January 22, 2009 - Issue: Vol. 155, No. 13 — Daily Edition111th Congress (2009 - 2010) - 1st Session
TARP REFORM AND ACCOUNTABILITY ACT OF 2009; Congressional Record Vol. 155, No. 13
(Extensions of Remarks - January 22, 2009)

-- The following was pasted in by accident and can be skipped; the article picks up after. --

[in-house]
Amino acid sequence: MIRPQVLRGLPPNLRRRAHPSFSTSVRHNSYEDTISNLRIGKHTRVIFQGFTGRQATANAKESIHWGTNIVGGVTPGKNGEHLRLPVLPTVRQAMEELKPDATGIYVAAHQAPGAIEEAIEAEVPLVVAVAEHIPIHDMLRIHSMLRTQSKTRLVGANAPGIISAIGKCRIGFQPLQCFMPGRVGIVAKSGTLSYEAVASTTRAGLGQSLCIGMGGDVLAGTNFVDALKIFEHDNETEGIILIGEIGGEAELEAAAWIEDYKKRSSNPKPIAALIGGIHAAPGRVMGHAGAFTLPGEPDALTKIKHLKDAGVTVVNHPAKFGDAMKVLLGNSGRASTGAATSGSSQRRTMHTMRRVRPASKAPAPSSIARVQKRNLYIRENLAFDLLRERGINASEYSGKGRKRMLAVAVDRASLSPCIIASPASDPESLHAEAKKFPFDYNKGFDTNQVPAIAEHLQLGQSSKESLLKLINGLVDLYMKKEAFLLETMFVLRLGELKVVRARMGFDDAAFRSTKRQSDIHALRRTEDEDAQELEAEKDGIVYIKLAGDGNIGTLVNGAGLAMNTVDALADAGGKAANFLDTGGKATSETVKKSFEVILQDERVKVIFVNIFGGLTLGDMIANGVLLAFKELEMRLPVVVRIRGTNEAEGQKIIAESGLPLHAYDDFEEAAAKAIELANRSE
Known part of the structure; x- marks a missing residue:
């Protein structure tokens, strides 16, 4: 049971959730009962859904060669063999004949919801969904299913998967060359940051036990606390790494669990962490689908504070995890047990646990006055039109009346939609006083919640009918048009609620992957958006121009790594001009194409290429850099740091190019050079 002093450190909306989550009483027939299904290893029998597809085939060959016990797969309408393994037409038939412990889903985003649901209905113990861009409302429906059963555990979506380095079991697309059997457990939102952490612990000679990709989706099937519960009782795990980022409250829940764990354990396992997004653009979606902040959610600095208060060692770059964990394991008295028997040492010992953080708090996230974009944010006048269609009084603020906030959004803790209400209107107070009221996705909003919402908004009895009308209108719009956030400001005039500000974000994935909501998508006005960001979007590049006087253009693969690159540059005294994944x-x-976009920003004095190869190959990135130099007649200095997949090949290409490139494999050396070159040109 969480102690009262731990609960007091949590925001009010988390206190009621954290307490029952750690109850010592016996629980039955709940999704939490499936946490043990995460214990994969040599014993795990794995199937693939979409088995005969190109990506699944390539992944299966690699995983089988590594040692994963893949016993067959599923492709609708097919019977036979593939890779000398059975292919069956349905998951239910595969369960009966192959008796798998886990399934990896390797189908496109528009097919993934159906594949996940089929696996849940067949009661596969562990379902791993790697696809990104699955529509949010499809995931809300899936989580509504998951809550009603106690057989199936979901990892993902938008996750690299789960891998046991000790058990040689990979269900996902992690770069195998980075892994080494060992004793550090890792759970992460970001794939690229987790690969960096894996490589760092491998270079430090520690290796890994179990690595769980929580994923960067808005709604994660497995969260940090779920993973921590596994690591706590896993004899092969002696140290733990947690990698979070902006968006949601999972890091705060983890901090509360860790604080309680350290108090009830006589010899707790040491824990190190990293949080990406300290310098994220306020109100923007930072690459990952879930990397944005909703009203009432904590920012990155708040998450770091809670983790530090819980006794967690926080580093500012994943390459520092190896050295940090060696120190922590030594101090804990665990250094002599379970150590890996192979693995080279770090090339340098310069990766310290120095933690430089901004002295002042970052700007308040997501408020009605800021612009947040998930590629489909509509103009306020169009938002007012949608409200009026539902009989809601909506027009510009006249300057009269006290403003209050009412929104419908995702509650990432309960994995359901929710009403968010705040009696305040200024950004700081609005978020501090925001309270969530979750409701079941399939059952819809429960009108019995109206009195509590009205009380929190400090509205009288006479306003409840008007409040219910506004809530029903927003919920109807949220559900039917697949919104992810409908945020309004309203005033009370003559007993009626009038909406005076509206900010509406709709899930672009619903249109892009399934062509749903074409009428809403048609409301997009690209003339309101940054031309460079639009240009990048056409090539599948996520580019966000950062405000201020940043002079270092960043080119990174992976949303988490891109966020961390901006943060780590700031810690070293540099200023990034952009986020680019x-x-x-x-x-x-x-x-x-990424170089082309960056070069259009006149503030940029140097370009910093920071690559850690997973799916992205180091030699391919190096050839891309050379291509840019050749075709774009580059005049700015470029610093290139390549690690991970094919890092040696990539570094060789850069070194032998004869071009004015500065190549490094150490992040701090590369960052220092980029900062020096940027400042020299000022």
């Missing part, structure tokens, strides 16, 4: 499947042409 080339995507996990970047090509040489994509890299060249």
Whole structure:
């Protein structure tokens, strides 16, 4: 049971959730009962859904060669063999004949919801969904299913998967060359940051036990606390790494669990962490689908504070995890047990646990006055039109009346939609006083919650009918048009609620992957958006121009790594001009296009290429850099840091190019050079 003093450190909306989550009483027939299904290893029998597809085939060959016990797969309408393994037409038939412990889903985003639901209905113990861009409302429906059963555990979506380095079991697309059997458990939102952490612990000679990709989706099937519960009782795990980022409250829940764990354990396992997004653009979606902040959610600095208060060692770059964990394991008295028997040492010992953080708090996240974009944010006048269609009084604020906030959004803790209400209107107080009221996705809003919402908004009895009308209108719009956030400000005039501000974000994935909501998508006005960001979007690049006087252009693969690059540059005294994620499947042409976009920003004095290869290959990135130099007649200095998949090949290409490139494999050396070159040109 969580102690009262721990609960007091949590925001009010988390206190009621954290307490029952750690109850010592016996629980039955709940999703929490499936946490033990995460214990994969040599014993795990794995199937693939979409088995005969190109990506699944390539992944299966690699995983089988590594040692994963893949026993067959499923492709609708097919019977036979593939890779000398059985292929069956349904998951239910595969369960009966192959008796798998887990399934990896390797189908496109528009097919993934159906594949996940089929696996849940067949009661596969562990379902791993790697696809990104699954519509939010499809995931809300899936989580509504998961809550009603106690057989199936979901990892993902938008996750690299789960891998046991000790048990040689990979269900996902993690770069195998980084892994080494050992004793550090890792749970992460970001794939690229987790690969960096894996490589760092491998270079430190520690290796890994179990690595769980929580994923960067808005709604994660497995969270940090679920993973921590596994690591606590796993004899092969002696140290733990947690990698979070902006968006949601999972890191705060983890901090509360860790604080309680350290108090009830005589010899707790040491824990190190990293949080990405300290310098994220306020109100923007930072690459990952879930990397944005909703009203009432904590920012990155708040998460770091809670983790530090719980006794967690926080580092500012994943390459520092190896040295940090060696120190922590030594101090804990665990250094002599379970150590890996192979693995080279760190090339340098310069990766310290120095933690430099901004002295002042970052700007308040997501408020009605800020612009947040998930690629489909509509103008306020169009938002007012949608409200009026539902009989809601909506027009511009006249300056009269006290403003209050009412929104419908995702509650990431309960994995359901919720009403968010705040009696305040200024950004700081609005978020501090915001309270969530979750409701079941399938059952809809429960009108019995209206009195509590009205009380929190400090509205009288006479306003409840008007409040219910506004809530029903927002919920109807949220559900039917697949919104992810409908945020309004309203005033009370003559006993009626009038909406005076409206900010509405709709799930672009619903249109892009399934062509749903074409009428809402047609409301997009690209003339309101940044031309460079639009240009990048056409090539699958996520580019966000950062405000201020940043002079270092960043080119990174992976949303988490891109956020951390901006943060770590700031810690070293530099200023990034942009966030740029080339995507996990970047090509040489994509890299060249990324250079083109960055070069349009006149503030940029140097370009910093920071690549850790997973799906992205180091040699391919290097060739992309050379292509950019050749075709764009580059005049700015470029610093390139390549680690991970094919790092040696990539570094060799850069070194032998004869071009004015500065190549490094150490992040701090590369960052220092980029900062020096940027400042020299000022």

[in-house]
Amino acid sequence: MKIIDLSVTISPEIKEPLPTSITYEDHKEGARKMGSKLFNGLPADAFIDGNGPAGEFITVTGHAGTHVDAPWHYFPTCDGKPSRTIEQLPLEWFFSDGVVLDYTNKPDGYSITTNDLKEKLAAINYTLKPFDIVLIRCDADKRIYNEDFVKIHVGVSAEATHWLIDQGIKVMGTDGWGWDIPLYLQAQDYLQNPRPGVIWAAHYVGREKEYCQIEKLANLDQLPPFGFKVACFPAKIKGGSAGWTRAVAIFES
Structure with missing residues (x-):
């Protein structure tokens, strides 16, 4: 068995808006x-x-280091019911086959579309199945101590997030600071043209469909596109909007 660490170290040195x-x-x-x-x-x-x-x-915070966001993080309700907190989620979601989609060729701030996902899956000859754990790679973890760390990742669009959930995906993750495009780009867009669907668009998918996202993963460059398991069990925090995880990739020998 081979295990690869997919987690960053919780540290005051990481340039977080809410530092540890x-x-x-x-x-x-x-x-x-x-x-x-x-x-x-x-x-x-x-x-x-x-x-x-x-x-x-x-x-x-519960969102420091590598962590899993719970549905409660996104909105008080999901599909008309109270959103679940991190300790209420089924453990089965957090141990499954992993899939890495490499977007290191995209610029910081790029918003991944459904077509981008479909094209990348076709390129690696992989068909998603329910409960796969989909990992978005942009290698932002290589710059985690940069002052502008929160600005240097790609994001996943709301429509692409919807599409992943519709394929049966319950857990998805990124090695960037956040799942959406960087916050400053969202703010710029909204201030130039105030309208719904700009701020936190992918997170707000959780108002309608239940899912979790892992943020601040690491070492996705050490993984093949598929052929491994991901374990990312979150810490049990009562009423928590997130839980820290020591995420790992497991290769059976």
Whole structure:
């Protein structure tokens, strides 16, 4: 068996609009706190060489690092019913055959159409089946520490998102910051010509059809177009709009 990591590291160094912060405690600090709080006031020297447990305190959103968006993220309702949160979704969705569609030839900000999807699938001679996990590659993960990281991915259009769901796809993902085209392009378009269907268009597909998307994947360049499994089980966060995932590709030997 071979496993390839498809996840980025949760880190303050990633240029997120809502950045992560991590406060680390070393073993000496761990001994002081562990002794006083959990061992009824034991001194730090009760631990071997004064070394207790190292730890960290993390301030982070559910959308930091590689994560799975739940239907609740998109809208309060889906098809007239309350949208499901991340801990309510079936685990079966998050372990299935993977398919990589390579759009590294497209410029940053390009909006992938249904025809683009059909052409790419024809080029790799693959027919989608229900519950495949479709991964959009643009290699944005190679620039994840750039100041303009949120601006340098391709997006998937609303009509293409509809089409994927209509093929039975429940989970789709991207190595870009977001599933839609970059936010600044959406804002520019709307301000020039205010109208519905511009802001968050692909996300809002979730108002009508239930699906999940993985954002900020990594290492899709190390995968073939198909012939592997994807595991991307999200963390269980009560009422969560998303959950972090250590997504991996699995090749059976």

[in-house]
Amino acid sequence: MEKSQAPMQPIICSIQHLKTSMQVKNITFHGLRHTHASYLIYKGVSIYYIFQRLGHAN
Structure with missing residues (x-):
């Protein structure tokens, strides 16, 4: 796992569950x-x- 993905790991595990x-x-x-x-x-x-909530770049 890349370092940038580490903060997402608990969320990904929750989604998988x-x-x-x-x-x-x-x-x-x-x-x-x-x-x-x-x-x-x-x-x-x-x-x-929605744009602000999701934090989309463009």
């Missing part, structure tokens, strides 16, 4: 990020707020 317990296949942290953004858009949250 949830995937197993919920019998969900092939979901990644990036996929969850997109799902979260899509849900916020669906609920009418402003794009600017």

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[Extensions of Remarks] [Page E122] From the Congressional Record Online through the Government Publishing Office [www.gpo.gov] TARP REFORM AND ACCOUNTABILITY ACT OF 2009 ______ speech of HON. HOWARD L. BERMAN of california in the house of representatives Thursday, January 15, 2009 The House in Committee of the Whole House on the State of the Union had under consideration the bill (H.R. 384) to reform the Troubled Assets Relief Program of the Secretary of the Treasury and ensure accountability under such Program, and for other purposes: Mr. BERMAN. Mr. Chair, I thank Chairman Frank for introducing H.R. 384, the TARP Reform and Accountability Act of 2009, and I join in support of this legislation that is aimed at bringing liquidity back to our capital markets and enhancing oversight of the Troubled Asset Relief Program. I particularly want to draw attention to Section 402 of the Act, which provides important support to the struggling municipal bond market from those TARP funds already released. I thank the chairman for including this provision, which is intended not only to address municipal offerings, but also to include qualified 501(c)(3) bonds as described in Section 145 of the Internal Revenue Code. These important offerings have also been impacted by the liquidity crisis over the past several months. More specifically, the tightening of credit in our financial markets has greatly affected the 501(c)(3)/non-profit bond market and the many non-profit organizations that rely on these bonds' issuance to carry out their charitable missions. Non-profit organizations provide a much needed back-stop to government programs and ensure that many of the Nation's most vulnerable citizens receive basic needs such as food, shelter, or drug rehabilitation. Without access to sufficient, affordable lines of credit, many charitable programs go unrealized. Particularly now, that cannot be allowed to happen. This new legislation should alleviate this problem and increase liquidity in the bond market, as it makes clear that 501(c)(3) bonds, as defined by Section 145 of the Internal Revenue Code, are considered ``municipal securities.'' It is further my understanding that the support offered by Section 402 of the Act is not a ``federal guarantee'' under section 149 of the Internal Revenue Code, so that the legislative direction and solutions offered in today's bill will be available to the non-profit agencies who rely upon these types of bonds for their important work. Furthermore, for new lending that is attributable to TARP investments and assistance, I encourage the secretary to clarify that 501(c)(3) bonds are eligible investments, and hold accountable those banks receiving funds to ensure that these not-for-profit organizations issuing bonds have access to affordable and competitive rates when seeking letters of credit to support their bond offerings. By holding financial institutions receiving TARP money accountable to use part of those funds to assist the non-profit sector, the secretary will help bring liquidity back to the non-profit bond market. ____________________